Three Tips for Elementary Leadership Activities

Three Tips for Elementary Leadership Activities
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The SHARE Team March 14, 2013

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Elementary leadership activities in the classroom assist students to develop skills necessary as they prepare for junior high and high school. Laying the foundation for developing leadership skills involves critical thinking and exploring solutions to problems that sidetrack team projects and other group activities.

Here are three tips on activities that can be used to examine leadership with elementary school students.

Elementary leadership activity #1: Who makes a good leader?

Perhaps the best place to start with elementary leadership activities into the classroom is with a solid definition of what leadership is. One project that helps students grasp the overall concept involves brainstorming. This activity also includes key components related to language arts, technology, health (emotional components), mathematics and critical thinking. Follow these steps:

  • Create a diagram
  • Use critical thinking skills from students to add details to the diagram
  • Have students organize details to write their own short narrative answering the question, “What makes a good leader?”

Discuss the skills and attributes that define a good leader with the class. Encourage students to add their own perceptions about what makes a good leader. Encourage students to take notes. After discussing leadership roles and skills, explain the concept of brainstorming to the class. Ask students to create their own lists for individuals diagrams and essays.

Elementary leadership activity #2: Communication barriers

Effective communication is a primary characteristic of a good leader. Educators and students must develop effective communication styles and use available tools that overcome obstacles that hinder communication among team members. Communication is vital to our existence; elementary leadership activities can address four common barriers to communication.

Language barriers

Leaders must speak in a commonly understood language or find alternative ways to communicate using pictures, expressions and vocal intonation. Have children communicate with flashcards, colored flags or hand signals during a group activity to show how language barriers limit understanding.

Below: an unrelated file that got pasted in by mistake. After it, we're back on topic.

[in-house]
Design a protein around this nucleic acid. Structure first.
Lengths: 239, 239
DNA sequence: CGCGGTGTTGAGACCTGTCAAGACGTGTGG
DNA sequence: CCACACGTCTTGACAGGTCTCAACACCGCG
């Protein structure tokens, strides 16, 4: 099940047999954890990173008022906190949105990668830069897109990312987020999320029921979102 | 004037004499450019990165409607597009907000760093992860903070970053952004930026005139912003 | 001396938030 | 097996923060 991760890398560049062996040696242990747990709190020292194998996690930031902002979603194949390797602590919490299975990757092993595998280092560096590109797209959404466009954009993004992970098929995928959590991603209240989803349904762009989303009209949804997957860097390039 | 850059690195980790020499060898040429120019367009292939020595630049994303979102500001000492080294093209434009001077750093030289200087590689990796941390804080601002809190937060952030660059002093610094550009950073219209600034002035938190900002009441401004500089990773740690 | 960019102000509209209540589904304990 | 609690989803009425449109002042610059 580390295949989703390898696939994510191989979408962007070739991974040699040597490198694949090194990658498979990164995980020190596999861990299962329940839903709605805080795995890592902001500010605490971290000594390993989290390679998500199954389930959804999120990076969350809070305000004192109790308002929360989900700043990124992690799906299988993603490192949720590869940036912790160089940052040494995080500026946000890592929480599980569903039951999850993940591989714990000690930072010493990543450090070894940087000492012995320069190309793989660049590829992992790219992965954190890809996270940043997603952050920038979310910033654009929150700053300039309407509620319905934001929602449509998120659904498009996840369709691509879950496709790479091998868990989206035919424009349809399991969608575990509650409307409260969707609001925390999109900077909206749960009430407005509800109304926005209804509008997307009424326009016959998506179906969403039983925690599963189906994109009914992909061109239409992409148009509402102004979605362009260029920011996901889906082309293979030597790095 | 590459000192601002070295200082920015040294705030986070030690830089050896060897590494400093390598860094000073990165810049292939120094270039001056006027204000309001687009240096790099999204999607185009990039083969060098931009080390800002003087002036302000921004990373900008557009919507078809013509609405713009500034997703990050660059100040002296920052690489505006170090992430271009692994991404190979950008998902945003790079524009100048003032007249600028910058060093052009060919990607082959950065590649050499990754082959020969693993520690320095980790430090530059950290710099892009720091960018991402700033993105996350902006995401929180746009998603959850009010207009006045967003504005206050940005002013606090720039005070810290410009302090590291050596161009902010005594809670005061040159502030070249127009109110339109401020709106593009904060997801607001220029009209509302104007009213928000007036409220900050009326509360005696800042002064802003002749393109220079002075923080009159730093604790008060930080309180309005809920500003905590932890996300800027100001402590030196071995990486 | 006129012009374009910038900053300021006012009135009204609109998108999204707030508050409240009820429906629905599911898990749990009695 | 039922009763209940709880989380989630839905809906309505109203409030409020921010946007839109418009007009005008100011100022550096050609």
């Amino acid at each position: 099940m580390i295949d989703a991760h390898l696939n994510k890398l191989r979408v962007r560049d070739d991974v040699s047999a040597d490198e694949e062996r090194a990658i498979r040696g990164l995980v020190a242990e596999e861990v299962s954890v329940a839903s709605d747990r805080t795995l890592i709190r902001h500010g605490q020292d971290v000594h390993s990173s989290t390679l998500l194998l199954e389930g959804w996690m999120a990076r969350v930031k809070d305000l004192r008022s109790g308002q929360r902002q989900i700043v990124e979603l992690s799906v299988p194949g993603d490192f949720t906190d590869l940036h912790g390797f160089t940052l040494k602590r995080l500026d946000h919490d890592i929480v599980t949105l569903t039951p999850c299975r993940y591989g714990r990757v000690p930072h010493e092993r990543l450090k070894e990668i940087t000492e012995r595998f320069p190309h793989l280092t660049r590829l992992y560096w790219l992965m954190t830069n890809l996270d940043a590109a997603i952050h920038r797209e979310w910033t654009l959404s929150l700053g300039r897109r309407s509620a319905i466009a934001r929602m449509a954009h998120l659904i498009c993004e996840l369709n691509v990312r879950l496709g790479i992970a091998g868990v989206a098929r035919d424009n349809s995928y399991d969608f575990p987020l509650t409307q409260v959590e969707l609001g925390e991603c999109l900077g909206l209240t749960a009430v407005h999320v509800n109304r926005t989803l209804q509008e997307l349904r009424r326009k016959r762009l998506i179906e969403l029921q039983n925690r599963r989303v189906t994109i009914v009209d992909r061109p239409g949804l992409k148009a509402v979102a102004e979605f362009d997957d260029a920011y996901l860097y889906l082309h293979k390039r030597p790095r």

Physical barriers

Sometimes not being face-to-face can create communication barriers. Activities that create and eliminate barriers demonstrate how physical separation limits personal expression.

Perceived barriers

Some barriers are self-imposed. Stereotyping and past experience play a huge role in the development of perceived barriers. With guidance from the instructor, students can explore how stereotypes develop and what perpetuates those perceptions. Discussions about how to overcome these imaginary boundaries will lead students to a better understanding of how and why emotions impact communication.

Interpersonal barriers

Personality differences often inhibit communication. Conflict resolution techniques are necessary to set aside personal differences to support team efforts. Elementary leadership activities to help students understand different personality types lead to better understand of the various forms of expression—facial, vocal, behavioral, physical and emotional.

Elementary leadership activity #3: Ethical decision making

Almost every leadership decision affects people directly and indirectly. Ethics is a difficult concept for many primary school students to grasp; however, understanding the difference between right and wrong actions gives even first and second graders a foundation for developing strong leadership skills.

Making good decisions for a group or team involves exploring how decisions will impact everyone, including people that will interact directly and indirectly with the team. For elementary students this group of stakeholders will include other students, teachers, parents, cafeteria workers, administrators, family members and others.

Ask students to list as many people as they can that they come in contact with in a week. Then have students list how their decisions affect other people. As the students share their lists, they will see how some people on the lists overlap and some are only on one list. This gives the teacher an opportunity to explain how everyone influences some common groups.

Explore the outcomes for positive, effective decisions that consider the consequences and people involved against decisions made in haste without considering the ripple effects.

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